Miscellaneous 603
MANIPULATION COMMANDS 603
Inserting Text 604
Special Insert Command Characters 604
Operators 604
Changing Text 605
Deleting Text 605
Replacing Text 605
Indenting Text 605
Filtering Text 605
Moving Text (cut & paste) 606
Yanking (cutting) 606
Putting (pasting) 606
Moving text between files 606
MACROS 607
String Macros (Mapping) 607
Command Mode String Macros 607
Insert Mode String Macros 607
Input Mode motion definitions 608
Register Macros 608
ABBREVIATIONS 608
TRANSPOSING TEXT 609
UNDO, REDO, and RETRIEVE 609
MISCELLANEOUS 609
LEAVING vi 609
SUBSTITUTIONS 610
TAGS 610
vi QUICK REFERENCE 610
CUSTOMIZING OPTIONS 610

FUNCTIONAL OVERVIEW

Once you have entered vi the cursor is like a pencil and eraser that may be moved around on the screen to write (insert) or erase (delete/change) as needed. The buffer can be thought of as a scroll of paper with a picture frame placed over the flat exposed part of the scroll. The data inside the frame can be visually manipulated using vi. The data on the entire scroll can be globally manipulated using ex, the line editor.

Interface capabilities

The vi editor can interface with ex commands to perform global substitutions and file utilities. A subshell may be entered from vi and UNIX commands executed until a Ctrl-D or exit is entered. UNIX commands can be executed from vi without leaving the editor. UNIX filters can be interfaced to allow for special editing capabilities.

Moving around the buffer

There are motion commands to move the cursor one of four directions (i.e. up, down, left, right) in multiples of units. Units are defined as:

characters words
lines sentences
paragraphs sections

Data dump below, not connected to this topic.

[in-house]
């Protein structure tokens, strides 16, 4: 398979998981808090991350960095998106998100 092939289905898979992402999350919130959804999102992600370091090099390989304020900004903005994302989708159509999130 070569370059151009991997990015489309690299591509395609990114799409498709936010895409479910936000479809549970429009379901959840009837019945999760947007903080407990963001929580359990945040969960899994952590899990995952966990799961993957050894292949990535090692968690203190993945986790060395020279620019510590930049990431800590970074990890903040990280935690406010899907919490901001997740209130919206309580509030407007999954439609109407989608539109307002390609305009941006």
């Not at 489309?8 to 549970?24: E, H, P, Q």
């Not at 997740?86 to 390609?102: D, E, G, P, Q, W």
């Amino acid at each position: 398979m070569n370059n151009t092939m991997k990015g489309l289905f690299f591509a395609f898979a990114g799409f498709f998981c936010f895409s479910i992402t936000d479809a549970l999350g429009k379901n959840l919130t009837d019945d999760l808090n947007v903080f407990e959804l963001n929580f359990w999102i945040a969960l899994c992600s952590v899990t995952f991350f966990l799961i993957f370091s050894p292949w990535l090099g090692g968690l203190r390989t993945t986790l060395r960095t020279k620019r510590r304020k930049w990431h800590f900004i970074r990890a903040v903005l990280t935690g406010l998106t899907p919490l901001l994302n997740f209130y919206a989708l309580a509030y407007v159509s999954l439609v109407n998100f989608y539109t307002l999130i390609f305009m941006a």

the screen pattern searches
marked addresses the entire buffer

For example, to move forward a word you press w; to move to the top of the screen you press H. There are key sequences that allow you to perform various motion commands.

Manipulating Text

There are operators which may be combined with a motion command to perform the following text manipulations:


Operator Description

c change
d delete
< remove indent
> indent
y yank (same as cut)
! filter (send text to UNIX filter and retrieve output)

For example, to change a word you would type cw; to delete everything from the current line to the top of the screen you would type dH. The c in cw is used for changing text and the d in dH is used for deleting text.

A filter is a UNIX command that can read from the standard input and write to the standard output; therefore, it can be used in a pipe. A pipe is a combination of UNIX commands with the output of one command being used as the input of the next command. Any UNIX filter command may be used by vi to manipulate the text stored in the session buffer, thus vi has all the text manipulation features of UNIX itself.

The Design of vi

There are a few differences between vi and PC type editors or word processors that are worth noting. When comparing and using vi, it helps to remember that it was designed by programmers for programmers who were using terminals and keyboards with limited capabilities. The vi editor was designed before fancy keyboards were available and thus its keystrokes are usually related to the functions they perform. For example, pressing i places you in insert mode.

Editing with vi

The structure of vi is based on units of text and operators. The main focus behind vi is single keystroke commands to move around the file and the use of operators to allow text manipulations based on these commands. Any operator may be used to manipulate any unit of text. Thus vi provides a rapid way of making changes but is not user friendly.

Pros